So it finally happened.
To me, I mean.
Being the youngest of the graduating class of 1988, all my classmates (many of whom I am still in touch with) had already ‘crossed over’ to the uncharted territory of the fifth decade with apparent ease and willing acceptance.
This, of course, gave me almost an entire year to remind them that I was still in my ‘late forties’ while they were in their ‘early fifties’ in that slightly irritating way you can only do to people you’ve known and loved for a long period of time.
And it has been a long time.
We celebrated our 18th birthdays together, followed by our 21st’s, 30th’s and 40th’s, as well as those all in-between. Girlfriends, boyfriends and wives and husbands appeared on the scene, while some others disappeared, and the core group ebbed and flowed with the life events that we all face, probably in much the same way as everyone else’s does.
And, whilst I can’t help but be a little disappointed that the slew of fiftieth birthday parties that had been planned through the year — my own included — had to be cancelled as Coronavirus ploughed through the population, I’m thankful to have made it. After all, if you had known me in my twenties, you wouldn’t have taken the bet that I’d have made it. Not by a long shot.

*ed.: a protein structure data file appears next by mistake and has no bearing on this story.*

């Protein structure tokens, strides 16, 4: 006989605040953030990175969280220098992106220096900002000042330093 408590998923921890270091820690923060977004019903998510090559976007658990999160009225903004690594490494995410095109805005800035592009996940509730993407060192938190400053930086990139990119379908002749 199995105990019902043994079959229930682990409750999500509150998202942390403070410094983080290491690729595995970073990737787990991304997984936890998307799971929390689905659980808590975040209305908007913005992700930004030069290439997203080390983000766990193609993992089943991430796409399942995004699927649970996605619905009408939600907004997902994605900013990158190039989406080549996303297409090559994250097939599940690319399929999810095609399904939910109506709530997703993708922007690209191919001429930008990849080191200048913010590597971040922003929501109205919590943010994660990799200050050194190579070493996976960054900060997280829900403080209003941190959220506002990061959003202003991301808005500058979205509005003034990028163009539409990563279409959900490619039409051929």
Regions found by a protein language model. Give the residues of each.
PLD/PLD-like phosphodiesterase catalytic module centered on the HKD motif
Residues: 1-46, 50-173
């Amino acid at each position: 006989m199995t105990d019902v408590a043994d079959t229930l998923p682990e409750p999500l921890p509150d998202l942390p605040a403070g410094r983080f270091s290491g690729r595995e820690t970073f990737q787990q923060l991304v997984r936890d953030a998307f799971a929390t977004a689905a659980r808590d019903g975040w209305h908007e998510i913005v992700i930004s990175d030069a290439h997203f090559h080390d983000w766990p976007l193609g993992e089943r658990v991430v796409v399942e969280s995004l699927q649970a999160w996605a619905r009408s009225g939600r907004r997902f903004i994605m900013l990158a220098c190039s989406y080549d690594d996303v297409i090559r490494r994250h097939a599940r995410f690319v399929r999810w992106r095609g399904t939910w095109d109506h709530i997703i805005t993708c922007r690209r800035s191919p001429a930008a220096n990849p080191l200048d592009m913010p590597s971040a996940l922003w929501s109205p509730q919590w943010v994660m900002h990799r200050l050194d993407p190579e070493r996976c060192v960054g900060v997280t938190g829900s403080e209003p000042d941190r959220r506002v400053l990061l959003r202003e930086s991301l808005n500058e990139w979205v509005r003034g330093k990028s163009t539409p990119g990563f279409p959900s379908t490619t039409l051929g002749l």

So while I originally felt I might have to be dragged, almost literally kicking, screaming and protesting into the next chapter of my life, the event passed smoothly and with total acceptance. In fact, it felt oddly familiar.
And then I remembered why.
As I alluded to above I was a tad, well, wild in my twenties. Sure, I worked hard and was lucky enough to land a fairly senior role at a global software company with all the perks and stock options, but there are huge chunks of the 1990’s that I simply have no recollection of for one reason of over-indulgence or another.
Then thirty came along and, in my case, happened to coincide with leaving the company — almost to the day coincidentally — and starting my own business. It felt like I was growing up for the first time in my life. I had employees to look after, property leases to read and accounts to do. It felt ‘right’.
But this was also to do with a number of other factors. In my thirtieth year, my long term relationship ended and the century ticked over to a new prefix. It seemed everything was telling me it was a new beginning, consigning my previous way of life to my personal history books.
But it wasn’t a particularly good new beginning. Whilst I had managed to buy my own house in the previous years, I now found myself living alone in it with a cat who insisted on throwing up on the carpet after every meal, and running a company that had turned into a stress nightmare.